The project I’ve been working on professionally for the last two years reaches a milestone this week and so is a great opportunity to take a well-deserved break for a couple of weeks.
I was hoping to head out somewhere as far out as Japan but things are held up in a complicated set of scheduling dependencies and a looming demo to investors.
At home I’m currently working my way through Microsoft .NET Framework 2.0 Windows-Based Client Development Training Kit (nice name there Microsoft) as part of my studies towards exam 70-526. This is a requirement to obtain a Microsoft Certified Professional Developer (Windows Applications) which I’m hoping to add to my resume.
The initial test they provide on the CD-ROM wasn’t too tricky however some of the questions seem rather obscure and irrelevant. This is apparently quite normal for Microsoft exams and does seem to be a little familiar when I think back to my Internet Information Services 4.0 examination I took in 1999 to get my Microsoft Certified Professional certification.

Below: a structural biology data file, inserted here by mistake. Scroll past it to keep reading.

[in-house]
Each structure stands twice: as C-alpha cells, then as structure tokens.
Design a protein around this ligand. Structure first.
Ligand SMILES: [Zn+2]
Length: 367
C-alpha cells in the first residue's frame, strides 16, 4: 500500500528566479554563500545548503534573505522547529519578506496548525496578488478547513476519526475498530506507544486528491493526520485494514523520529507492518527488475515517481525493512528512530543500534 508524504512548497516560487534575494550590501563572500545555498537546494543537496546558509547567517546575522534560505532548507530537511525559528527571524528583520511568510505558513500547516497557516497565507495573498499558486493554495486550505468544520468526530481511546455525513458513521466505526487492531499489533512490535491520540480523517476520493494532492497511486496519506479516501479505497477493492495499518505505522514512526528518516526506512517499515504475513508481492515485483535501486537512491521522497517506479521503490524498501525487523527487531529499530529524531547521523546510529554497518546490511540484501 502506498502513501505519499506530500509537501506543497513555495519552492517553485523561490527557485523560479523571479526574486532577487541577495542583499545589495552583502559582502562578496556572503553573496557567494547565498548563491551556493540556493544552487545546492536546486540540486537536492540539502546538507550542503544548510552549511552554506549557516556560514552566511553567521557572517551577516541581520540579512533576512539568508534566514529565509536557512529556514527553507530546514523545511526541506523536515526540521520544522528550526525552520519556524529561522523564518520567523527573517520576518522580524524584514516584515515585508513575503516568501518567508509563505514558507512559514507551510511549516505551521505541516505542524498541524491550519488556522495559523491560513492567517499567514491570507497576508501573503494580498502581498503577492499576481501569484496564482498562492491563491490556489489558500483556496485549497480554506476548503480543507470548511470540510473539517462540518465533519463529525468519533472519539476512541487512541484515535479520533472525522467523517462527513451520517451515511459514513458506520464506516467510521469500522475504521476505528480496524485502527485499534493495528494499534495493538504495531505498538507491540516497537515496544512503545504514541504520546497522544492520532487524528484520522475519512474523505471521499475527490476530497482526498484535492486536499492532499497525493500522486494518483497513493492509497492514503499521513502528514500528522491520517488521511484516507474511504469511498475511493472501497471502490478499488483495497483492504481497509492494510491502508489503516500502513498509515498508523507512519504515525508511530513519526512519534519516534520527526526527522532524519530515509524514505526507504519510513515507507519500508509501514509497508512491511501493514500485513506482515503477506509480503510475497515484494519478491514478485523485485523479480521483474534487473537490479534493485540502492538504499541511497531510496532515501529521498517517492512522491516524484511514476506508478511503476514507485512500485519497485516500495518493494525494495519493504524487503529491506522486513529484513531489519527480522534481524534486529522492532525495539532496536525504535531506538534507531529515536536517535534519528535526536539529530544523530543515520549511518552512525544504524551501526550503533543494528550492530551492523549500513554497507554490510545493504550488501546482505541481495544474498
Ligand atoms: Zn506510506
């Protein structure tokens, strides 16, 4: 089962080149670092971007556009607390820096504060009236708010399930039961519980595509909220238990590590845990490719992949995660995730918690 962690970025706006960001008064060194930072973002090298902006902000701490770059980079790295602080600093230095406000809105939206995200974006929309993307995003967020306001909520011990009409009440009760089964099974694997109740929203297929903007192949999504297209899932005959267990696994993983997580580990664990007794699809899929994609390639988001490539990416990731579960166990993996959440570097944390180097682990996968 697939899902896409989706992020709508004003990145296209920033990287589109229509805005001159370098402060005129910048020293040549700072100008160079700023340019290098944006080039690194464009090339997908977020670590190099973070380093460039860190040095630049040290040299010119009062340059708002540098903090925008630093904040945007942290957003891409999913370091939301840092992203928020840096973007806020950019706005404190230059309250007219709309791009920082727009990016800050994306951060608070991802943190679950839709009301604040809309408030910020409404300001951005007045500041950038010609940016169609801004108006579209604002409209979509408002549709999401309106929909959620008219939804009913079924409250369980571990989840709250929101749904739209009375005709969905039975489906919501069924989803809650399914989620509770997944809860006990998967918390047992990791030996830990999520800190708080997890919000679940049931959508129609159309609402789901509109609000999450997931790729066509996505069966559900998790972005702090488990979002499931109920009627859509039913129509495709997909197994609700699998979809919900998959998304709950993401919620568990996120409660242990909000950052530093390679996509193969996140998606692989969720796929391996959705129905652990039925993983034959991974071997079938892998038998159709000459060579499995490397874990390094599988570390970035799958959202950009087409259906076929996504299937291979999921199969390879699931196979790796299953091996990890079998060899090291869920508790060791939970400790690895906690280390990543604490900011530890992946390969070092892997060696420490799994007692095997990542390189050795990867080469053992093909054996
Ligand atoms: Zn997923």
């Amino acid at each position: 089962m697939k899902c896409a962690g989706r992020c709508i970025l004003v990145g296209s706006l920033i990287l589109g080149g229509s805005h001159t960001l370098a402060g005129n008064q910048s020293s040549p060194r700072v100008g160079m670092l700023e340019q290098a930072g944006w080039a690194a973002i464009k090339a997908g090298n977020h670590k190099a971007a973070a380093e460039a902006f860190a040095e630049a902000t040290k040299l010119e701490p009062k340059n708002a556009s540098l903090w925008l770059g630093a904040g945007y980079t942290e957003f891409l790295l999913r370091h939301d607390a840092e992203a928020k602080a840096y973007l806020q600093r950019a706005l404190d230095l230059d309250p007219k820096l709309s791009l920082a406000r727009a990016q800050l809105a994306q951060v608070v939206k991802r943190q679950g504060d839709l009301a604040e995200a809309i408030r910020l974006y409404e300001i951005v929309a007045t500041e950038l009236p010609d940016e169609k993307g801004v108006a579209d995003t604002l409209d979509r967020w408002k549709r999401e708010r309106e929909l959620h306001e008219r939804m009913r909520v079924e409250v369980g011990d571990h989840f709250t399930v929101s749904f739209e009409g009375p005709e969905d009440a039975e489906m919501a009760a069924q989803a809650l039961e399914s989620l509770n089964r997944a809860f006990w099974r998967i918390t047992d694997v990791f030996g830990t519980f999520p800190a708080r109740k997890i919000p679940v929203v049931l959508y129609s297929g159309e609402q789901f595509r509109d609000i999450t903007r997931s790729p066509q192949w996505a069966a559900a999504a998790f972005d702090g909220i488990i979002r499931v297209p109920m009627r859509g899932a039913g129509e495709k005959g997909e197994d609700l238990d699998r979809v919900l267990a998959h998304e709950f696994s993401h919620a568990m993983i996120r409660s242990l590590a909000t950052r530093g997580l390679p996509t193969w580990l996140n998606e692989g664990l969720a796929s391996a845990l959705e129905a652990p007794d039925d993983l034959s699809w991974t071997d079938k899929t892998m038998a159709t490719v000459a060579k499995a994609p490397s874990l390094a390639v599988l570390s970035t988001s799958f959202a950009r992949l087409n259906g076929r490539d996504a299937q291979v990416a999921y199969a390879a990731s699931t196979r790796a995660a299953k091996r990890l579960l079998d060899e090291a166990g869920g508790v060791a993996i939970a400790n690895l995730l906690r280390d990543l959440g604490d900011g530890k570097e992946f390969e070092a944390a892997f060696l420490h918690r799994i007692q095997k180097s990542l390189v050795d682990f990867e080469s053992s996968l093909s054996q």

I’m also finishing off a few additional icons for AnkhSVN particularly in the area of the Working Copy Explorer and the Repository Explorer dialogs. Once I can get the Subversion 1.4/APR/zlib dependency libraries etc. installed again then I’ll be able to test and commit those back. I’ll bug Arild to put the 1.4 dependencies up on Tigris for other people wanting to hack around with the source too.
GrinGod and myself have been considering writing a small blogging system in .NET using the SubSonic ORM. I’ve been tempted for a while and today Phil Haack, maintainer of Subtext, dropped the clues that he’s also wanting to switch Subtext to an ORM although would like to do it very slowly.
I, on the other hand, am quite keen for a very lightweight free .NET based ORM that doesn’t provide UI based configuration or skinning abilities instead relying on the developer to get his hands dirty for customization. More of a .NET blogging system for .NET developers who want to integrate it with whatever they’ve rolled for their site.
And it seems we can borrow all sorts of stuff from the Subtext source tree.